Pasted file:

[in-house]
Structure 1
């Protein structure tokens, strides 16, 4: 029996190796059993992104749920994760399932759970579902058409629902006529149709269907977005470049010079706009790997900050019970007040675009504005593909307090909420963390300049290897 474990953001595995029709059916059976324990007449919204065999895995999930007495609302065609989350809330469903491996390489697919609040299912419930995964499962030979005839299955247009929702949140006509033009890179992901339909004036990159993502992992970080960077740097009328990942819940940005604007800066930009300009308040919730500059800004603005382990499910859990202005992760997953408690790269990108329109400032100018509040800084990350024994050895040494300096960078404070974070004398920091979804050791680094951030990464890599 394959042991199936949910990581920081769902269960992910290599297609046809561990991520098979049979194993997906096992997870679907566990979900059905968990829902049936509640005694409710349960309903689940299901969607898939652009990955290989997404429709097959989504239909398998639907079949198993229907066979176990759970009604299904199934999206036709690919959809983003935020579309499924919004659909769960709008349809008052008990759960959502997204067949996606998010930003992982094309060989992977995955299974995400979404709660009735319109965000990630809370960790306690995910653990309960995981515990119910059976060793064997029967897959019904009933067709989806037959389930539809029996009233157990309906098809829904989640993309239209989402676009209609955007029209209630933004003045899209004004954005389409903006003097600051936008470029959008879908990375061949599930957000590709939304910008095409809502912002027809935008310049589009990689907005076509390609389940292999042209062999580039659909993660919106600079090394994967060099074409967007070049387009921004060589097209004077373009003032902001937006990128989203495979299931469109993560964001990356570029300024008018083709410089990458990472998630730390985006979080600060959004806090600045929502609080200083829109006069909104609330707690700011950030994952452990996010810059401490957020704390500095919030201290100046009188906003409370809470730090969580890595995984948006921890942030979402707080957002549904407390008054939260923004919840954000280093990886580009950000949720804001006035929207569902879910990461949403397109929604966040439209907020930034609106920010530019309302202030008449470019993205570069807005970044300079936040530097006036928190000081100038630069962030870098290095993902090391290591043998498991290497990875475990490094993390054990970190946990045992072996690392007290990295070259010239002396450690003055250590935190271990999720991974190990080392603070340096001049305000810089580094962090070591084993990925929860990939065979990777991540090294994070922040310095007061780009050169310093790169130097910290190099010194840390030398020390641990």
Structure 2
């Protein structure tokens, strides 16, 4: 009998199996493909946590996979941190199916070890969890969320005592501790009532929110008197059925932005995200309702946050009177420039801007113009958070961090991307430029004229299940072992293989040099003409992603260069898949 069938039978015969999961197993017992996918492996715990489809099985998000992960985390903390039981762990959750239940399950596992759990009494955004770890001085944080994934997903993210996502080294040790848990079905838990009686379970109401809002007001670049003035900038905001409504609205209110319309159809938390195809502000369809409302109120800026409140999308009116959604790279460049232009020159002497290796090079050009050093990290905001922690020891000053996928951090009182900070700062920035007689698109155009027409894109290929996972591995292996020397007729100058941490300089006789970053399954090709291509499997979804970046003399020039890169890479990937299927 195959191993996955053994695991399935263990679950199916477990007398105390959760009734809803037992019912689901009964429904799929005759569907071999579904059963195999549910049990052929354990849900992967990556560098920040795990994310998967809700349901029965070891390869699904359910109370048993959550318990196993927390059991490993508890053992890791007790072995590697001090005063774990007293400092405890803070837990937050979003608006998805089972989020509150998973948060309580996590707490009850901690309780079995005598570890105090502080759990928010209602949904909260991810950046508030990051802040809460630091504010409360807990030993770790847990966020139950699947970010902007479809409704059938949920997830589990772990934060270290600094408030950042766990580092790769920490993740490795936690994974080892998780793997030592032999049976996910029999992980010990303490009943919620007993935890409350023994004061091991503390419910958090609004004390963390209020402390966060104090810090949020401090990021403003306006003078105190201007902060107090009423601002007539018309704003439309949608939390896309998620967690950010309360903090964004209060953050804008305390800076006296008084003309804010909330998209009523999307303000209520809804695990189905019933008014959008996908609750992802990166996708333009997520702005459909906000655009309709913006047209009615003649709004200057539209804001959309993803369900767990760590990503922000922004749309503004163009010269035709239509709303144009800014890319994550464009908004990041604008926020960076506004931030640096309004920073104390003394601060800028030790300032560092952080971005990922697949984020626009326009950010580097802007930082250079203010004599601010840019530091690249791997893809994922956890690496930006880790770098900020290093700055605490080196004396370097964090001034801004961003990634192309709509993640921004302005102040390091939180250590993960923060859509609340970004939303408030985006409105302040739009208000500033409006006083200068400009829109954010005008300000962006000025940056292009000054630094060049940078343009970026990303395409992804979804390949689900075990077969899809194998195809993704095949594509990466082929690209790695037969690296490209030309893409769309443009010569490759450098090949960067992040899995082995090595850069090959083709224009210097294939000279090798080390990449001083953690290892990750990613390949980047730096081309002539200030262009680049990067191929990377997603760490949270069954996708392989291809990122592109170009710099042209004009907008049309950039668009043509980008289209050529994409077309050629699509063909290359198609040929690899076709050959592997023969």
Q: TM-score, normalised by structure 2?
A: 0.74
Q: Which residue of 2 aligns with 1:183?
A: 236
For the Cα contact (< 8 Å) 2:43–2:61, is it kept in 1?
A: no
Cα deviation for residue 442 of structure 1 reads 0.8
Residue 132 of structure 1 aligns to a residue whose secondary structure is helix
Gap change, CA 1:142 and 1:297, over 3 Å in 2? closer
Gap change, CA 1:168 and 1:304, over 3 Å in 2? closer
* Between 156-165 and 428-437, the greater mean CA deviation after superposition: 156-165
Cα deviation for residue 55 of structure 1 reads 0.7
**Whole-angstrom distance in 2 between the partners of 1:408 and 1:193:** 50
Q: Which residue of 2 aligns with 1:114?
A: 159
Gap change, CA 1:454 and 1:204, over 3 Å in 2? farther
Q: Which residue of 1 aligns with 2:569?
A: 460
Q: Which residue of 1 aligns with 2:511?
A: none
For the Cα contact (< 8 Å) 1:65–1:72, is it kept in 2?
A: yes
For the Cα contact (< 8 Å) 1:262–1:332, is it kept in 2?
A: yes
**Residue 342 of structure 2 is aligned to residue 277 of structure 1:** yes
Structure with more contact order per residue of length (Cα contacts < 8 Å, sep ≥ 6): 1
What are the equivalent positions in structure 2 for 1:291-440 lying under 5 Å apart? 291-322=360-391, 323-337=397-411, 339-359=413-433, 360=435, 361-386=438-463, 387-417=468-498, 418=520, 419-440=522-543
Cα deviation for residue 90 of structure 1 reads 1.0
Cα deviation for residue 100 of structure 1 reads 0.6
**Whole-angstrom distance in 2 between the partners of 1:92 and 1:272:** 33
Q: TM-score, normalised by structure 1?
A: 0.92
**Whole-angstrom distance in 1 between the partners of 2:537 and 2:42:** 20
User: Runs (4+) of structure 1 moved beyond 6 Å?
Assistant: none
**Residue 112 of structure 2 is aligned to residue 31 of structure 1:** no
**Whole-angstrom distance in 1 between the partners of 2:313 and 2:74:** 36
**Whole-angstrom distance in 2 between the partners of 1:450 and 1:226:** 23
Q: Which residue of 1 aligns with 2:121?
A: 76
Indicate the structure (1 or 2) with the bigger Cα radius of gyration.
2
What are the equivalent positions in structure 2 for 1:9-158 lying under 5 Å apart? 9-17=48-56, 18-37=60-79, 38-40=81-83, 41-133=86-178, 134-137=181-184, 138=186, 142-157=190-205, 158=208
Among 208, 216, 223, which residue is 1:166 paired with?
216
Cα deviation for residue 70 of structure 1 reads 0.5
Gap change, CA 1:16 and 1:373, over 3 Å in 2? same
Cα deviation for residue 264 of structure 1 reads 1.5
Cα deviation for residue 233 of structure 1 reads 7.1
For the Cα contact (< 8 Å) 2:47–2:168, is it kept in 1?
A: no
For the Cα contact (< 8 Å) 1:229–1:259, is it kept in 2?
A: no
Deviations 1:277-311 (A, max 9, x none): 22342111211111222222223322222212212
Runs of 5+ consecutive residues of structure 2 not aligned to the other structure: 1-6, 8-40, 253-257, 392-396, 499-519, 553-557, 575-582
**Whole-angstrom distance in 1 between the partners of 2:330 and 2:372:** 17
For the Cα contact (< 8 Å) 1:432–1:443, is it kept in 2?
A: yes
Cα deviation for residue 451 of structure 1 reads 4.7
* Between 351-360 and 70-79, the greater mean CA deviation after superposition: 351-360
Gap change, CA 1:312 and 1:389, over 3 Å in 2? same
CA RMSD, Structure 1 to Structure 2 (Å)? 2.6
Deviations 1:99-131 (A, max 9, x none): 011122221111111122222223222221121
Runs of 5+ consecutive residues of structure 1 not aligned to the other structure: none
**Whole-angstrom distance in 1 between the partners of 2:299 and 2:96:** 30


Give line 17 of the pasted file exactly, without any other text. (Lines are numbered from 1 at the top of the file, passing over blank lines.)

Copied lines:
Cα deviation for residue 55 of structure 1 reads 0.7